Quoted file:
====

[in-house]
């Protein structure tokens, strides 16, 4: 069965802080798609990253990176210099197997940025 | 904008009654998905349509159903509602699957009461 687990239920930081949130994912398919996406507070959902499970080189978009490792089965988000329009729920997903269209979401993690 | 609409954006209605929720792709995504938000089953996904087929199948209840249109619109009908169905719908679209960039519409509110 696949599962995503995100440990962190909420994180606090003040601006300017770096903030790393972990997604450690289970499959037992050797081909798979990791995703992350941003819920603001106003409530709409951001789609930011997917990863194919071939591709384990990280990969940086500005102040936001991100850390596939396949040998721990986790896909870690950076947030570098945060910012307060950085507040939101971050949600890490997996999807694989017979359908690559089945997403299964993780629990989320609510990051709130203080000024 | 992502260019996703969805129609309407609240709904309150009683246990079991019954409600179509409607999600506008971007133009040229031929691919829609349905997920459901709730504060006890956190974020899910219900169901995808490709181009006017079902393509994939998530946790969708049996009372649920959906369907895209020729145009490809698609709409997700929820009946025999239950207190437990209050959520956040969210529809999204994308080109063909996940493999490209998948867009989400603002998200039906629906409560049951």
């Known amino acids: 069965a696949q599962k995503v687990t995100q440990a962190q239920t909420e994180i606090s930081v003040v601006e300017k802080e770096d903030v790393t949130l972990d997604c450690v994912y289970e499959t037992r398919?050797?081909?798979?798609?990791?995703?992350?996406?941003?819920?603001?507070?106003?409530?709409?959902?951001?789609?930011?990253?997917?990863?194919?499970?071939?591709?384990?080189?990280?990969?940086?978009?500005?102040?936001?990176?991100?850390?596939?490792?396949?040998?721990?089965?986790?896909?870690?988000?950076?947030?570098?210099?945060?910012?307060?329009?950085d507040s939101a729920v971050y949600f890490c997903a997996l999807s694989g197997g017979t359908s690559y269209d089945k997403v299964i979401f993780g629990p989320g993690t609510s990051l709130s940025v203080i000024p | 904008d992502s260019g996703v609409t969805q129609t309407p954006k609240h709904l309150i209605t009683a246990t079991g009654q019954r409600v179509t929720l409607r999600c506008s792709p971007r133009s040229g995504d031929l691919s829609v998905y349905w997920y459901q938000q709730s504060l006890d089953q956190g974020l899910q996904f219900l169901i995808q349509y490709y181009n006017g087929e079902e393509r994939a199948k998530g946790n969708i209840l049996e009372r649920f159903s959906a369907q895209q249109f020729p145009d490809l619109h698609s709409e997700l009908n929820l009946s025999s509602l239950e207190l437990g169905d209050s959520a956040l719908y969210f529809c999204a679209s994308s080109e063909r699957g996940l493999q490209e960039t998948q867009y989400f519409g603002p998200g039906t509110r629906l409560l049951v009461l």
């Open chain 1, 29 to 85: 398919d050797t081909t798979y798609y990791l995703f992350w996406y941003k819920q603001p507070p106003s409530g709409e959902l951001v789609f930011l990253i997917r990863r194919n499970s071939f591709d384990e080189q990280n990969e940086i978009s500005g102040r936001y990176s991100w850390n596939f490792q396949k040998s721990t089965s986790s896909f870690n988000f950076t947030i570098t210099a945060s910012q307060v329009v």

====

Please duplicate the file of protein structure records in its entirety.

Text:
[in-house]
């Protein structure tokens, strides 16, 4: 069965802080798609990253990176210099197997940025 | 904008009654998905349509159903509602699957009461 687990239920930081949130994912398919996406507070959902499970080189978009490792089965988000329009729920997903269209979401993690 | 609409954006209605929720792709995504938000089953996904087929199948209840249109619109009908169905719908679209960039519409509110 696949599962995503995100440990962190909420994180606090003040601006300017770096903030790393972990997604450690289970499959037992050797081909798979990791995703992350941003819920603001106003409530709409951001789609930011997917990863194919071939591709384990990280990969940086500005102040936001991100850390596939396949040998721990986790896909870690950076947030570098945060910012307060950085507040939101971050949600890490997996999807694989017979359908690559089945997403299964993780629990989320609510990051709130203080000024 | 992502260019996703969805129609309407609240709904309150009683246990079991019954409600179509409607999600506008971007133009040229031929691919829609349905997920459901709730504060006890956190974020899910219900169901995808490709181009006017079902393509994939998530946790969708049996009372649920959906369907895209020729145009490809698609709409997700929820009946025999239950207190437990209050959520956040969210529809999204994308080109063909996940493999490209998948867009989400603002998200039906629906409560049951």
């Known amino acids: 069965a696949q599962k995503v687990t995100q440990a962190q239920t909420e994180i606090s930081v003040v601006e300017k802080e770096d903030v790393t949130l972990d997604c450690v994912y289970e499959t037992r398919?050797?081909?798979?798609?990791?995703?992350?996406?941003?819920?603001?507070?106003?409530?709409?959902?951001?789609?930011?990253?997917?990863?194919?499970?071939?591709?384990?080189?990280?990969?940086?978009?500005?102040?936001?990176?991100?850390?596939?490792?396949?040998?721990?089965?986790?896909?870690?988000?950076?947030?570098?210099?945060?910012?307060?329009?950085d507040s939101a729920v971050y949600f890490c997903a997996l999807s694989g197997g017979t359908s690559y269209d089945k997403v299964i979401f993780g629990p989320g993690t609510s990051l709130s940025v203080i000024p | 904008d992502s260019g996703v609409t969805q129609t309407p954006k609240h709904l309150i209605t009683a246990t079991g009654q019954r409600v179509t929720l409607r999600c506008s792709p971007r133009s040229g995504d031929l691919s829609v998905y349905w997920y459901q938000q709730s504060l006890d089953q956190g974020l899910q996904f219900l169901i995808q349509y490709y181009n006017g087929e079902e393509r994939a199948k998530g946790n969708i209840l049996e009372r649920f159903s959906a369907q895209q249109f020729p145009d490809l619109h698609s709409e997700l009908n929820l009946s025999s509602l239950e207190l437990g169905d209050s959520a956040l719908y969210f529809c999204a679209s994308s080109e063909r699957g996940l493999q490209e960039t998948q867009y989400f519409g603002p998200g039906t509110r629906l409560l049951v009461l």
């Open chain 1, 29 to 85: 398919d050797t081909t798979y798609y990791l995703f992350w996406y941003k819920q603001p507070p106003s409530g709409e959902l951001v789609f930011l990253i997917r990863r194919n499970s071939f591709d384990e080189q990280n990969e940086i978009s500005g102040r936001y990176s991100w850390n596939f490792q396949k040998s721990t089965s986790s896909f870690n988000f950076t947030i570098t210099a945060s910012q307060v329009v």